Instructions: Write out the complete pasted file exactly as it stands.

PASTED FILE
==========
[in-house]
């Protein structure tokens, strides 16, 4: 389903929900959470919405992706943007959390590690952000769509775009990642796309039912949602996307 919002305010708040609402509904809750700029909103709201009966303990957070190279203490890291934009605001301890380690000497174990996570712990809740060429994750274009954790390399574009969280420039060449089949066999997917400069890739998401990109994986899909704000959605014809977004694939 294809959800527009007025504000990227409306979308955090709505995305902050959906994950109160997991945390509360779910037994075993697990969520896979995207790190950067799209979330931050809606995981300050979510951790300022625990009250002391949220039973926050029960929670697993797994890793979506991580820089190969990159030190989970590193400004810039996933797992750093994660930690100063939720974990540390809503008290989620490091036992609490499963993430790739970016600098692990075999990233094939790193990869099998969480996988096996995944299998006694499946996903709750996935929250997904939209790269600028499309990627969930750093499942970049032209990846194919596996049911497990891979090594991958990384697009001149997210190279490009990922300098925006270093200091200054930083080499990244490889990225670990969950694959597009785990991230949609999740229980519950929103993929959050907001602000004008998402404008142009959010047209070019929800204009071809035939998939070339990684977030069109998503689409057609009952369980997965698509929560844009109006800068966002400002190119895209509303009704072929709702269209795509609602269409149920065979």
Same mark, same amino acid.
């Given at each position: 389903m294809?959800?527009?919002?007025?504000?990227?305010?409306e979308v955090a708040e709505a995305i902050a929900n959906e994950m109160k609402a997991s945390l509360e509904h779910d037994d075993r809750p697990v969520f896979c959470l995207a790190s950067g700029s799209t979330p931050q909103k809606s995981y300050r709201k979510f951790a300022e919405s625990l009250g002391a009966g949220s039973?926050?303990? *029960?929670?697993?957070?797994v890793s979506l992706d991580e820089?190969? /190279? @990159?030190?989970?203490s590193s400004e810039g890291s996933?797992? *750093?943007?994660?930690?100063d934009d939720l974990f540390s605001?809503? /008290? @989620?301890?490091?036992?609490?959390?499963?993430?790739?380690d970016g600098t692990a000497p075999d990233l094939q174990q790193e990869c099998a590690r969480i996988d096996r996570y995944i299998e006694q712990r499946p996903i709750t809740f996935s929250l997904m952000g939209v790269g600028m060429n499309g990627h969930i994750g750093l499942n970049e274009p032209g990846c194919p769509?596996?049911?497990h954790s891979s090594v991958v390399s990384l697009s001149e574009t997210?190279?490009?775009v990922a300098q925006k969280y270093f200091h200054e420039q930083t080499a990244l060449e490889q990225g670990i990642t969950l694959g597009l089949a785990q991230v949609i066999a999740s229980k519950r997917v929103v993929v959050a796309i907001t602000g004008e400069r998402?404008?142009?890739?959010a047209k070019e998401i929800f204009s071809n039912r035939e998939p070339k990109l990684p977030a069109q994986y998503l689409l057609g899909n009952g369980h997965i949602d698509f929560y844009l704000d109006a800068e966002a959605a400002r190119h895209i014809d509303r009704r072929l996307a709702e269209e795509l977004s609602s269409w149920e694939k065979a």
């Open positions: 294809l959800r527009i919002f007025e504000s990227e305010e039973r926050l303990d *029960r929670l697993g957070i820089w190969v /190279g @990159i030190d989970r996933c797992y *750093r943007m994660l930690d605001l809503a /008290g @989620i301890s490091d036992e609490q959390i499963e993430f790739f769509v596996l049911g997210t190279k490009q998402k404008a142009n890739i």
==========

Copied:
[in-house]
């Protein structure tokens, strides 16, 4: 389903929900959470919405992706943007959390590690952000769509775009990642796309039912949602996307 919002305010708040609402509904809750700029909103709201009966303990957070190279203490890291934009605001301890380690000497174990996570712990809740060429994750274009954790390399574009969280420039060449089949066999997917400069890739998401990109994986899909704000959605014809977004694939 294809959800527009007025504000990227409306979308955090709505995305902050959906994950109160997991945390509360779910037994075993697990969520896979995207790190950067799209979330931050809606995981300050979510951790300022625990009250002391949220039973926050029960929670697993797994890793979506991580820089190969990159030190989970590193400004810039996933797992750093994660930690100063939720974990540390809503008290989620490091036992609490499963993430790739970016600098692990075999990233094939790193990869099998969480996988096996995944299998006694499946996903709750996935929250997904939209790269600028499309990627969930750093499942970049032209990846194919596996049911497990891979090594991958990384697009001149997210190279490009990922300098925006270093200091200054930083080499990244490889990225670990969950694959597009785990991230949609999740229980519950929103993929959050907001602000004008998402404008142009959010047209070019929800204009071809035939998939070339990684977030069109998503689409057609009952369980997965698509929560844009109006800068966002400002190119895209509303009704072929709702269209795509609602269409149920065979």
Same mark, same amino acid.
């Given at each position: 389903m294809?959800?527009?919002?007025?504000?990227?305010?409306e979308v955090a708040e709505a995305i902050a929900n959906e994950m109160k609402a997991s945390l509360e509904h779910d037994d075993r809750p697990v969520f896979c959470l995207a790190s950067g700029s799209t979330p931050q909103k809606s995981y300050r709201k979510f951790a300022e919405s625990l009250g002391a009966g949220s039973?926050?303990? *029960?929670?697993?957070?797994v890793s979506l992706d991580e820089?190969? /190279? @990159?030190?989970?203490s590193s400004e810039g890291s996933?797992? *750093?943007?994660?930690?100063d934009d939720l974990f540390s605001?809503? /008290? @989620?301890?490091?036992?609490?959390?499963?993430?790739?380690d970016g600098t692990a000497p075999d990233l094939q174990q790193e990869c099998a590690r969480i996988d096996r996570y995944i299998e006694q712990r499946p996903i709750t809740f996935s929250l997904m952000g939209v790269g600028m060429n499309g990627h969930i994750g750093l499942n970049e274009p032209g990846c194919p769509?596996?049911?497990h954790s891979s090594v991958v390399s990384l697009s001149e574009t997210?190279?490009?775009v990922a300098q925006k969280y270093f200091h200054e420039q930083t080499a990244l060449e490889q990225g670990i990642t969950l694959g597009l089949a785990q991230v949609i066999a999740s229980k519950r997917v929103v993929v959050a796309i907001t602000g004008e400069r998402?404008?142009?890739?959010a047209k070019e998401i929800f204009s071809n039912r035939e998939p070339k990109l990684p977030a069109q994986y998503l689409l057609g899909n009952g369980h997965i949602d698509f929560y844009l704000d109006a800068e966002a959605a400002r190119h895209i014809d509303r009704r072929l996307a709702e269209e795509l977004s609602s269409w149920e694939k065979a």
């Open positions: 294809l959800r527009i919002f007025e504000s990227e305010e039973r926050l303990d *029960r929670l697993g957070i820089w190969v /190279g @990159i030190d989970r996933c797992y *750093r943007m994660l930690d605001l809503a /008290g @989620i301890s490091d036992e609490q959390i499963e993430f790739f769509v596996l049911g997210t190279k490009q998402k404008a142009n890739i």